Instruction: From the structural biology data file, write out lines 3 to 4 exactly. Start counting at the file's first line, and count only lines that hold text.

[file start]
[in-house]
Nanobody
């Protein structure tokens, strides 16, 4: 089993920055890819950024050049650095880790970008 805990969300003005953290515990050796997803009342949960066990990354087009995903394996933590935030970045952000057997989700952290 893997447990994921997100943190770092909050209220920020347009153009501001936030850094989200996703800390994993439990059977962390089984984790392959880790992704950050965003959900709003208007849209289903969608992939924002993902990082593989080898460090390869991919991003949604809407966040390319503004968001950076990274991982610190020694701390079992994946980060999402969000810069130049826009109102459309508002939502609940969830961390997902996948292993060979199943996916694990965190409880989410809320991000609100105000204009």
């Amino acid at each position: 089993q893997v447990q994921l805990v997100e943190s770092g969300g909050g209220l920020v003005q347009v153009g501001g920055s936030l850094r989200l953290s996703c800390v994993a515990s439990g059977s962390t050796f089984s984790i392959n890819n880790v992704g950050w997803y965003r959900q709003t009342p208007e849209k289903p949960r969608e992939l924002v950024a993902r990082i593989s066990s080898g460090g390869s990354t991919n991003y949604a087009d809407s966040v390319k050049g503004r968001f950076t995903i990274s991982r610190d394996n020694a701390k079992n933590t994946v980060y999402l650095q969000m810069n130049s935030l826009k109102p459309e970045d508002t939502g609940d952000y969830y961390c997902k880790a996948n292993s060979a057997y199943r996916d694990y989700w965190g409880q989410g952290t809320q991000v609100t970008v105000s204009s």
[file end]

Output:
């Protein structure tokens, strides 16, 4: 089993920055890819950024050049650095880790970008 805990969300003005953290515990050796997803009342949960066990990354087009995903394996933590935030970045952000057997989700952290 893997447990994921997100943190770092909050209220920020347009153009501001936030850094989200996703800390994993439990059977962390089984984790392959880790992704950050965003959900709003208007849209289903969608992939924002993902990082593989080898460090390869991919991003949604809407966040390319503004968001950076990274991982610190020694701390079992994946980060999402969000810069130049826009109102459309508002939502609940969830961390997902996948292993060979199943996916694990965190409880989410809320991000609100105000204009």
């Amino acid at each position: 089993q893997v447990q994921l805990v997100e943190s770092g969300g909050g209220l920020v003005q347009v153009g501001g920055s936030l850094r989200l953290s996703c800390v994993a515990s439990g059977s962390t050796f089984s984790i392959n890819n880790v992704g950050w997803y965003r959900q709003t009342p208007e849209k289903p949960r969608e992939l924002v950024a993902r990082i593989s066990s080898g460090g390869s990354t991919n991003y949604a087009d809407s966040v390319k050049g503004r968001f950076t995903i990274s991982r610190d394996n020694a701390k079992n933590t994946v980060y999402l650095q969000m810069n130049s935030l826009k109102p459309e970045d508002t939502g609940d952000y969830y961390c997902k880790a996948n292993s060979a057997y199943r996916d694990y989700w965190g409880q989410g952290t809320q991000v609100t970008v105000s204009s």